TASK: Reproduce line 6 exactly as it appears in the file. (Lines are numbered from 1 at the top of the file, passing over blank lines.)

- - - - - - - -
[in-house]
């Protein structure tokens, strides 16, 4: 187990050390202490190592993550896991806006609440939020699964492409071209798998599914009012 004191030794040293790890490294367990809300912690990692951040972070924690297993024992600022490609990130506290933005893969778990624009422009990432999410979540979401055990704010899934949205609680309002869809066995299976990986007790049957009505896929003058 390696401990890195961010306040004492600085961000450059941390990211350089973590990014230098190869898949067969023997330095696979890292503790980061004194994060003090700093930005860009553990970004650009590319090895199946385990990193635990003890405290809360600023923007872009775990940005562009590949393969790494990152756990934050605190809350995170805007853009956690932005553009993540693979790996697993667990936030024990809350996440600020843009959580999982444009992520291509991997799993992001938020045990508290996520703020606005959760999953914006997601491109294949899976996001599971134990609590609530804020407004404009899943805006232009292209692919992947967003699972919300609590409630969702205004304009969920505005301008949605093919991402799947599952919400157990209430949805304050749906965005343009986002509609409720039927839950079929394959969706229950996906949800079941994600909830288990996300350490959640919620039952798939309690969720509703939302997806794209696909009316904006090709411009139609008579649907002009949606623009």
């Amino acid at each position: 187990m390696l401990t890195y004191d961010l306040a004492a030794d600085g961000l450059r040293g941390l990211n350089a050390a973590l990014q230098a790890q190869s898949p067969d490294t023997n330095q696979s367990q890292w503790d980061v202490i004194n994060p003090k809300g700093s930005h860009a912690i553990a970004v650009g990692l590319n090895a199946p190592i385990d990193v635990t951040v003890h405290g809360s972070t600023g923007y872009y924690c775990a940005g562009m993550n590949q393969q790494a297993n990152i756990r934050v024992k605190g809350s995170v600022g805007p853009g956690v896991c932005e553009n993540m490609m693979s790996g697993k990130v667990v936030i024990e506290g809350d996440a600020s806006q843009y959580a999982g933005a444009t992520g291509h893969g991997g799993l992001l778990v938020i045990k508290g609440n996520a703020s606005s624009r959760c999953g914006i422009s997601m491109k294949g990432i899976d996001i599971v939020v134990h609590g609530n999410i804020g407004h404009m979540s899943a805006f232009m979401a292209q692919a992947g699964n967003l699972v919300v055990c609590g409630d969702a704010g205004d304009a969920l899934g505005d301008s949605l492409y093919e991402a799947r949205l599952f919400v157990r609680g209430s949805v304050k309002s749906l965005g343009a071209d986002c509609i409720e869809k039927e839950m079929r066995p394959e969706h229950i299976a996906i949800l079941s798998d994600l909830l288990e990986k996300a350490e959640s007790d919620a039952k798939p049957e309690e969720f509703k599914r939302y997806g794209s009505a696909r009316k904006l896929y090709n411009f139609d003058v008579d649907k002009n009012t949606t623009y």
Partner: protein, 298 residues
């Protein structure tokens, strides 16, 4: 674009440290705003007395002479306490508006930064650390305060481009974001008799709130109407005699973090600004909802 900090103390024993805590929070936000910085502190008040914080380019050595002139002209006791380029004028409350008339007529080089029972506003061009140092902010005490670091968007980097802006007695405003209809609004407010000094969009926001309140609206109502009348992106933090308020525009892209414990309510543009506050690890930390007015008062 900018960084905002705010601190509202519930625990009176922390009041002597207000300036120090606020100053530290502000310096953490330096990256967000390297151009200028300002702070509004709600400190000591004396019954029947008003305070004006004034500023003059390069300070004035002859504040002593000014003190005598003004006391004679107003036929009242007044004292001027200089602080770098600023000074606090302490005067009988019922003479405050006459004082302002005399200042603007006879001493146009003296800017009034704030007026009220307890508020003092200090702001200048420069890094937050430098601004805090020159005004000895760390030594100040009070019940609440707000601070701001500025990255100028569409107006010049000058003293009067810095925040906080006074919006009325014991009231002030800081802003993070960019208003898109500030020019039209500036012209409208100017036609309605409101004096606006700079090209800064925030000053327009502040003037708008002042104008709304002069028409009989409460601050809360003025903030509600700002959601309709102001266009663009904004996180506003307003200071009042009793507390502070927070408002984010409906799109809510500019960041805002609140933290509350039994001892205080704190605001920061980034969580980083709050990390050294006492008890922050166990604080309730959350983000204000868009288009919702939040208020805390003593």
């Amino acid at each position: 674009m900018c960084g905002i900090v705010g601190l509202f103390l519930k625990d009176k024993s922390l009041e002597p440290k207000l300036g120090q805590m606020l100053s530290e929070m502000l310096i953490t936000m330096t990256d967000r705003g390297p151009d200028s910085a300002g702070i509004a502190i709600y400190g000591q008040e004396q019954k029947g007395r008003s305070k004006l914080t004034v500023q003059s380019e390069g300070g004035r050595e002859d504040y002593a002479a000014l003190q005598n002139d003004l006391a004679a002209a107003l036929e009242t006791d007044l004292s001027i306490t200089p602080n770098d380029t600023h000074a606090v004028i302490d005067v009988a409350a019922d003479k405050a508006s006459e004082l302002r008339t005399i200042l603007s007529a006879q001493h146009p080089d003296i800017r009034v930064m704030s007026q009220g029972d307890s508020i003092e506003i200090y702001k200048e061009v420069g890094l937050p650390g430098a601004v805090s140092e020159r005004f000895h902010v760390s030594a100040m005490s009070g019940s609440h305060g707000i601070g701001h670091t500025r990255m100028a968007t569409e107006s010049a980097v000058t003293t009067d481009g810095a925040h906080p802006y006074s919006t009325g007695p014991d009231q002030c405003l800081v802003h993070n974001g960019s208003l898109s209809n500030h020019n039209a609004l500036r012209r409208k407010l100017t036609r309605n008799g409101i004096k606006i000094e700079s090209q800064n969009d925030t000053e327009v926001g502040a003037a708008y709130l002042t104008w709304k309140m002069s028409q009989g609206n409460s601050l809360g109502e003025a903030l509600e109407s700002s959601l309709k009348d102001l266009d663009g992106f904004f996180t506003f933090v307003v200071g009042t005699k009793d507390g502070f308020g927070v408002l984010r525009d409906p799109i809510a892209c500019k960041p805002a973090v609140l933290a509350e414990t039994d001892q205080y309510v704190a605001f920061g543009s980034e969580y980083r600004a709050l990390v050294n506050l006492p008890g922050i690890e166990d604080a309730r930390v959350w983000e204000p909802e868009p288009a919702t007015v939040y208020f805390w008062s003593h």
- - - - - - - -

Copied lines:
């Amino acid at each position: 674009m900018c960084g905002i900090v705010g601190l509202f103390l519930k625990d009176k024993s922390l009041e002597p440290k207000l300036g120090q805590m606020l100053s530290e929070m502000l310096i953490t936000m330096t990256d967000r705003g390297p151009d200028s910085a300002g702070i509004a502190i709600y400190g000591q008040e004396q019954k029947g007395r008003s305070k004006l914080t004034v500023q003059s380019e390069g300070g004035r050595e002859d504040y002593a002479a000014l003190q005598n002139d003004l006391a004679a002209a107003l036929e009242t006791d007044l004292s001027i306490t200089p602080n770098d380029t600023h000074a606090v004028i302490d005067v009988a409350a019922d003479k405050a508006s006459e004082l302002r008339t005399i200042l603007s007529a006879q001493h146009p080089d003296i800017r009034v930064m704030s007026q009220g029972d307890s508020i003092e506003i200090y702001k200048e061009v420069g890094l937050p650390g430098a601004v805090s140092e020159r005004f000895h902010v760390s030594a100040m005490s009070g019940s609440h305060g707000i601070g701001h670091t500025r990255m100028a968007t569409e107006s010049a980097v000058t003293t009067d481009g810095a925040h906080p802006y006074s919006t009325g007695p014991d009231q002030c405003l800081v802003h993070n974001g960019s208003l898109s209809n500030h020019n039209a609004l500036r012209r409208k407010l100017t036609r309605n008799g409101i004096k606006i000094e700079s090209q800064n969009d925030t000053e327009v926001g502040a003037a708008y709130l002042t104008w709304k309140m002069s028409q009989g609206n409460s601050l809360g109502e003025a903030l509600e109407s700002s959601l309709k009348d102001l266009d663009g992106f904004f996180t506003f933090v307003v200071g009042t005699k009793d507390g502070f308020g927070v408002l984010r525009d409906p799109i809510a892209c500019k960041p805002a973090v609140l933290a509350e414990t039994d001892q205080y309510v704190a605001f920061g543009s980034e969580y980083r600004a709050l990390v050294n506050l006492p008890g922050i690890e166990d604080a309730r930390v959350w983000e204000p909802e868009p288009a919702t007015v939040y208020f805390w008062s003593h």